Princeton University Library Catalog


Krause, Kerry [Browse]
Senior thesis
Kahn, Lisa [Browse]
Princeton University. Department of Economics [Browse]
Class year:
56 pages
Summary note:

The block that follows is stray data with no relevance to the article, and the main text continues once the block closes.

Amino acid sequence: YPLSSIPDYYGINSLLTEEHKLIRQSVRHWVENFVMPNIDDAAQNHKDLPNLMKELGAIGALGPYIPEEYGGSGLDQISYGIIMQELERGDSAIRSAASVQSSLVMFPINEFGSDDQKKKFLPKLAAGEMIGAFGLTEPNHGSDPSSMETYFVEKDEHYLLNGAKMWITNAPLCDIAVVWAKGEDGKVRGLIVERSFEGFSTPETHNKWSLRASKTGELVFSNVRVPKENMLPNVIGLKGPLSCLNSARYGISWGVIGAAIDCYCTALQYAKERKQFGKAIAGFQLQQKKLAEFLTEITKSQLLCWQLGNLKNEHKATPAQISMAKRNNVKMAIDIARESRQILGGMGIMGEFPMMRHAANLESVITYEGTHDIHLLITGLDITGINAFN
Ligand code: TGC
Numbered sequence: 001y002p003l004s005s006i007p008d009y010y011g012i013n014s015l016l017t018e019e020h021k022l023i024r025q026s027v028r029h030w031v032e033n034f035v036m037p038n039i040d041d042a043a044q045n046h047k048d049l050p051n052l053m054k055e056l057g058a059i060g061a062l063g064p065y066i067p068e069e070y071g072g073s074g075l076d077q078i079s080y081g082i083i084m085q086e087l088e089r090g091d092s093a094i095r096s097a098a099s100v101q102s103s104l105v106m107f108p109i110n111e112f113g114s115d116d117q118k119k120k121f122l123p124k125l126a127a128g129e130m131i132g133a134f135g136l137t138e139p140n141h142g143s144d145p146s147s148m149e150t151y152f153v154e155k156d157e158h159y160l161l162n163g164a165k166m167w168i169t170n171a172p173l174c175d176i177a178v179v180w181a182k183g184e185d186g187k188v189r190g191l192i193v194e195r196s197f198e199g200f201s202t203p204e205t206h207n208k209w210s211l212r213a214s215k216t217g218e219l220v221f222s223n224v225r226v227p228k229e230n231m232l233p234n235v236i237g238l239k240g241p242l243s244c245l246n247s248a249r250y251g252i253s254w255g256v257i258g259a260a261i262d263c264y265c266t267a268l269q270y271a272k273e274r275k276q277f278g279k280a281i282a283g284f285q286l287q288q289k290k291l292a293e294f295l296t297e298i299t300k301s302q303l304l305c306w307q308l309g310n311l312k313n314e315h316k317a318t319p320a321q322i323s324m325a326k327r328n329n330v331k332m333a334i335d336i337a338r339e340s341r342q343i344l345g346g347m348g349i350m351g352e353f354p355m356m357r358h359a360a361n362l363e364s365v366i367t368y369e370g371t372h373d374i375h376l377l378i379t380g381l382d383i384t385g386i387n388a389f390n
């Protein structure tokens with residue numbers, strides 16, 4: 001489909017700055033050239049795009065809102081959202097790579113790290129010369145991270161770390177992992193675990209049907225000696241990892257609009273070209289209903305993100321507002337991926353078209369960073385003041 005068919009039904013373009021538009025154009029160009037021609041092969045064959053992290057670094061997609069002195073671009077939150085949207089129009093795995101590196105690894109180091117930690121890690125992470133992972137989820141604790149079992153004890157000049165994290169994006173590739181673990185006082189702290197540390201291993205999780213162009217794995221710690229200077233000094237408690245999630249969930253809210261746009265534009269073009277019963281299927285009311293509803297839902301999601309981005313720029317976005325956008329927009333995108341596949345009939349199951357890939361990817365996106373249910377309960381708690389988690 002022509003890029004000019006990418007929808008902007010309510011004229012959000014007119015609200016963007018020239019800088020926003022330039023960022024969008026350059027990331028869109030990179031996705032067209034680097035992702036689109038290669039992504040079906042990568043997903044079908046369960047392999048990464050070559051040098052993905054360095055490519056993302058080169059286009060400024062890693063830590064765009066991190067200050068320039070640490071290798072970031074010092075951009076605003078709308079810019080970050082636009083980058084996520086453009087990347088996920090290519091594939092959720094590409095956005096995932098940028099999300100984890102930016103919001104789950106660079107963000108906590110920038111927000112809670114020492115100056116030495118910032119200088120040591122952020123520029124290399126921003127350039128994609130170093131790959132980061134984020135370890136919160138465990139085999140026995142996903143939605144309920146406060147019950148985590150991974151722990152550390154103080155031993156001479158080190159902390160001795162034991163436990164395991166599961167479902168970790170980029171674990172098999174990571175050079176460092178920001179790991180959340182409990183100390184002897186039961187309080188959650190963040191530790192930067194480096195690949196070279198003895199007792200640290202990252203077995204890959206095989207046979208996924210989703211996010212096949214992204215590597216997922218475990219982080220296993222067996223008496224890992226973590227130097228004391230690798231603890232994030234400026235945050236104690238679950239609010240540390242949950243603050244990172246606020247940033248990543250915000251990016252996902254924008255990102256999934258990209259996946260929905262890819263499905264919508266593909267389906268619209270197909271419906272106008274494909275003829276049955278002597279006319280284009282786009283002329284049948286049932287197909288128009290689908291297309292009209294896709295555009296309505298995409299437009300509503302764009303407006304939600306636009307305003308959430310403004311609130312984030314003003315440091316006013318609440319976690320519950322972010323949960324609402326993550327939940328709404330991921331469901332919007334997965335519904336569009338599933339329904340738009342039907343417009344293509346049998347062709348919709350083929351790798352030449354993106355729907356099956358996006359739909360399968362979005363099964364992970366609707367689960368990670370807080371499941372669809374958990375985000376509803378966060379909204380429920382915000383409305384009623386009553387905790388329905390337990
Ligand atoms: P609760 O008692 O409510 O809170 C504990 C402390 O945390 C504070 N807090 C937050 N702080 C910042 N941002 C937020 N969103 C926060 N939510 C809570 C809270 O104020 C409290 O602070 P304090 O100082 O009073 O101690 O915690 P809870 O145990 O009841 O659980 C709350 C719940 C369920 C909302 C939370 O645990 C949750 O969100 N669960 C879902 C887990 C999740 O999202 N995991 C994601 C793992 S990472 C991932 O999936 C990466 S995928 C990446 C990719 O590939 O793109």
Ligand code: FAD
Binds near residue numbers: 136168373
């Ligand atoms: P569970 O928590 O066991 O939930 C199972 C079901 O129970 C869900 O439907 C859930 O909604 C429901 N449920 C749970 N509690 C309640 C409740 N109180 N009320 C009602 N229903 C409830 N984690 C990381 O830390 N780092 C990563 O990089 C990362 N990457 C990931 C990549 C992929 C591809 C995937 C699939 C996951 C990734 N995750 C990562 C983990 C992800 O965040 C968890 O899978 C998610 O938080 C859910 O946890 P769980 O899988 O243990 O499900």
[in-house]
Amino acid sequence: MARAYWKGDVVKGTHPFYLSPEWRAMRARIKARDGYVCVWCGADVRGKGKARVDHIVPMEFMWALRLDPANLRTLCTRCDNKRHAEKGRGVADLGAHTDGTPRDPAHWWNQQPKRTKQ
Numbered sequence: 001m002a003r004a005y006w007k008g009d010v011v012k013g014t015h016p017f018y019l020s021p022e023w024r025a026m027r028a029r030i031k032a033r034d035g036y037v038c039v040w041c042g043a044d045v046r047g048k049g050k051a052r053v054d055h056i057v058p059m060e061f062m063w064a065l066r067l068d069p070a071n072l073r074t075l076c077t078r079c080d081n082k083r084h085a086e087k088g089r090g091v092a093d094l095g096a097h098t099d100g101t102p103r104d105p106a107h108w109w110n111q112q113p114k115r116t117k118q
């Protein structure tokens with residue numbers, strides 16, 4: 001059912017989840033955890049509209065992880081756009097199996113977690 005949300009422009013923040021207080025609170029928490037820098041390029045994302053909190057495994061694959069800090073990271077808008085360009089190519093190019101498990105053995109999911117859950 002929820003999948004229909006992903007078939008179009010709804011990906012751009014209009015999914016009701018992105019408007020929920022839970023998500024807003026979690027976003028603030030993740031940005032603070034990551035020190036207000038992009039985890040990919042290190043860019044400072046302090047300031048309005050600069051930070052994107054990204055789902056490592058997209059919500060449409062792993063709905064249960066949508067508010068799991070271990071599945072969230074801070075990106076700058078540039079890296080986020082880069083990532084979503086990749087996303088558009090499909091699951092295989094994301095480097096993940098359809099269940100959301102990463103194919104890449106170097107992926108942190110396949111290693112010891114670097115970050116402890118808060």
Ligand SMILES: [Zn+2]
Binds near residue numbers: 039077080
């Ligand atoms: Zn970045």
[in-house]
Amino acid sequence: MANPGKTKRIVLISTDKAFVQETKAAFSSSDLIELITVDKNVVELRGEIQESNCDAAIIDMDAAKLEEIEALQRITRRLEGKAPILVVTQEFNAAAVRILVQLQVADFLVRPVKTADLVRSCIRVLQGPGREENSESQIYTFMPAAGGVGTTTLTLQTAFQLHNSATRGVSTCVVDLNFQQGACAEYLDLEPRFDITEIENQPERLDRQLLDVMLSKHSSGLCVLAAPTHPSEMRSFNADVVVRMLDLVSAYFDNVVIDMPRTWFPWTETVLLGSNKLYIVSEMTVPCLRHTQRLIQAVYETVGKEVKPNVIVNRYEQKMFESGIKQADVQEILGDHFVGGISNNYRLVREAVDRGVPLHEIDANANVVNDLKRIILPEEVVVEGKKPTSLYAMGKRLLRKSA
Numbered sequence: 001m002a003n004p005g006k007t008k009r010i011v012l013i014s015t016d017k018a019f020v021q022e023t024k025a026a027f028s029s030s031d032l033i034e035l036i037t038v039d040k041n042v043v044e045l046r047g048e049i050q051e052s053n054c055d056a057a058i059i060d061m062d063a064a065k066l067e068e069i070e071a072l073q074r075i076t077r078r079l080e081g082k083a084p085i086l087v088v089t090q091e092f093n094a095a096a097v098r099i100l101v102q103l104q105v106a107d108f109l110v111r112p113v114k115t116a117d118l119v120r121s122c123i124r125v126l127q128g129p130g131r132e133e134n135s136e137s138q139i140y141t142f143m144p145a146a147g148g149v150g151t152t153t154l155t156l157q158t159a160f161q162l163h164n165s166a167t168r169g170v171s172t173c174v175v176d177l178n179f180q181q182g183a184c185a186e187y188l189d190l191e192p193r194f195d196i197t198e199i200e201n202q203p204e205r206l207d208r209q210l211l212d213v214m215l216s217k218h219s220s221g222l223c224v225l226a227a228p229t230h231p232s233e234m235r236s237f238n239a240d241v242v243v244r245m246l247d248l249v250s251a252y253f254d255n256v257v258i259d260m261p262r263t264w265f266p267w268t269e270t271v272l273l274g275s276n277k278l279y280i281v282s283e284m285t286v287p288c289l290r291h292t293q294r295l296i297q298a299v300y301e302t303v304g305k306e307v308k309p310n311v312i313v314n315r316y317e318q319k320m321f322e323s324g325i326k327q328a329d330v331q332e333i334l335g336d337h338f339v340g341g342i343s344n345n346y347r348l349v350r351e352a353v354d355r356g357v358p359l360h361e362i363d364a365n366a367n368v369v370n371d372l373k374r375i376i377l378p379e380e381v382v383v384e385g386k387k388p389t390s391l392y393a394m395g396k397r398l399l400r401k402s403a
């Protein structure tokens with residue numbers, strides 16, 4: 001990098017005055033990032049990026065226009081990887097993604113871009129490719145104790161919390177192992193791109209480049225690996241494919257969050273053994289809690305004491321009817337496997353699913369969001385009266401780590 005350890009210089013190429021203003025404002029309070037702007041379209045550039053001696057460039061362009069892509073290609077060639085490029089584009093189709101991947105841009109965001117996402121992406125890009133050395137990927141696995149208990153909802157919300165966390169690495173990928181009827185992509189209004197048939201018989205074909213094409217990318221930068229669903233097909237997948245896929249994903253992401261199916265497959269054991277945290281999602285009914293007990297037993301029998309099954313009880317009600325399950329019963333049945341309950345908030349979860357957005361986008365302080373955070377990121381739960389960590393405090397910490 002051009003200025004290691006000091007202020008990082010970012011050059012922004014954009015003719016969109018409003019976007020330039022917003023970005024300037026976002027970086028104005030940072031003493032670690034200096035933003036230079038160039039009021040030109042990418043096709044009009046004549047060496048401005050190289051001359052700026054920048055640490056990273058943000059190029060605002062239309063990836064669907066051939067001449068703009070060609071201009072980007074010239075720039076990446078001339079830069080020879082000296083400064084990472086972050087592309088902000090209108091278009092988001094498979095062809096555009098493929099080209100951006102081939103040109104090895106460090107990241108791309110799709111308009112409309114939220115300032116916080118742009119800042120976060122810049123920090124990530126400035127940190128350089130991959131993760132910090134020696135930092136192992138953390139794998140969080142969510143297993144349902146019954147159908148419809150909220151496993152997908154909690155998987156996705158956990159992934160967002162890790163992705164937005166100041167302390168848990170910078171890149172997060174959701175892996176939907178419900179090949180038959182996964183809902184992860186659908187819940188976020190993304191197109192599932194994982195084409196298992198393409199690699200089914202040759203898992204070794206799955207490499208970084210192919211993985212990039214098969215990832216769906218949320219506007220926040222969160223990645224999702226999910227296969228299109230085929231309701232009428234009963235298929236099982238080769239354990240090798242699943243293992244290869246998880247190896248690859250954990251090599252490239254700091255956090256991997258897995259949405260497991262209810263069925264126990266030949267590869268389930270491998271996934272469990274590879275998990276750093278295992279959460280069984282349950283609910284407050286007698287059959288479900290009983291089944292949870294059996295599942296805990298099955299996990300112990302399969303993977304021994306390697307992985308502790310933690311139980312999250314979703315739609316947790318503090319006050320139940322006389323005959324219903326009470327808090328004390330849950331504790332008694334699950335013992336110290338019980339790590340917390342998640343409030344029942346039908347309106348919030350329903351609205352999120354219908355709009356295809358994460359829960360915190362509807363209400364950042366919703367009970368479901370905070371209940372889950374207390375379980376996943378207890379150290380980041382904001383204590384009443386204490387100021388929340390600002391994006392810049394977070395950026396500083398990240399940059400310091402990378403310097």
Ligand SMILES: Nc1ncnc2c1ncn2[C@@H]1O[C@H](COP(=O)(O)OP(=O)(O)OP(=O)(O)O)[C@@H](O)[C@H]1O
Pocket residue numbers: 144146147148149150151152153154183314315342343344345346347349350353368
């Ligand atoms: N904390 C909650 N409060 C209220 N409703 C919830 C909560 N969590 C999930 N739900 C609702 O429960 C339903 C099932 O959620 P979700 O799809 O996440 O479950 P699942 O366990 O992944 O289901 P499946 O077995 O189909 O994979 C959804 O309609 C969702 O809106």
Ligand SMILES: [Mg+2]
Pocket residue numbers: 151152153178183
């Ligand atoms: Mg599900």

This paper investigates the implementation of recreational marijuana laws on the number of traffic fatalities, the leading cause of death amongst Americans ages 16-25, in the United States by using cross-sectional data from the Fatality Analysis Reporting System (FARS) covering the years 2012 to 2014. To date, four states and the District of Columbia have legalized marijuana for recreational use. However, little is known about the effects of recreational marijuana laws and how the effects may differ from those associated with medical marijuana laws. Using the difference-in-differences method gives estimates of great magnitude and showed that the legalization of marijuana for recreational use is associated with a 22.1 percent decrease in the number of traffic fatalities per 100,000 people, across all age groups. This result is not only large in magnitude but also statistically significant at conventional levels. The impact of legalization on traffic fatalities involving young people (aged 15-19) is larger in magnitude and estimated with more precision than the impact of legalization on traffic fatalities on other age groups. Legalization is associated with a 43.3 percent decrease in the number of fatalities involving 15 to 19 year olds per 100,000 people. Although the results were statistically insignificant at conventional levels, the negative relationship is relatively constant throughout and the largest effect is seen in young people for all regressions and estimated with the greatest precision relative to other age groups. Legalization is also associated with a much larger decrease in traffic accidents involving alcohol than in traffic accidents involving drugs, which suggests that marijuana and alcohol are substitutes. Legalization is associated with a 12.3 percent decrease in the number of traffic fatalities involving alcohol per 100,000 people and a 2.62 percent increase in the number of traffic fatalities involving drugs. These results were statistically insignificant but the magnitudes and direction of the effects signify that the reduction in the number of traffic fatalities is due to a decrease in alcohol consumption and an increase in consumption of marijuana, indicative of the substitution effect. Additionally, data from the Behavioral Risk Factor Surveillance System on alcohol consumption provided further evidence for this conclusion. Legalization is associated with an 11.8 percent decrease in the number of drinks consumed across all age groups. Additionally, the largest decrease in alcohol consumption is again in the youngest age group (those aged 15 to 19 years old): legalization is associated with a 13.9 percent decrease in the number of drink consumed for the youngest age group. Moreover, these results are statistically significant at conventional levels in addition to being substantially large in magnitude. However, alternative mechanisms cannot be ruled out and this paper does not attempt to attribute this negative relationship between legalization and alcohol-related traffic fatalities to the fact that it is safer to drive under the influence of marijuana than under the influence of alcohol.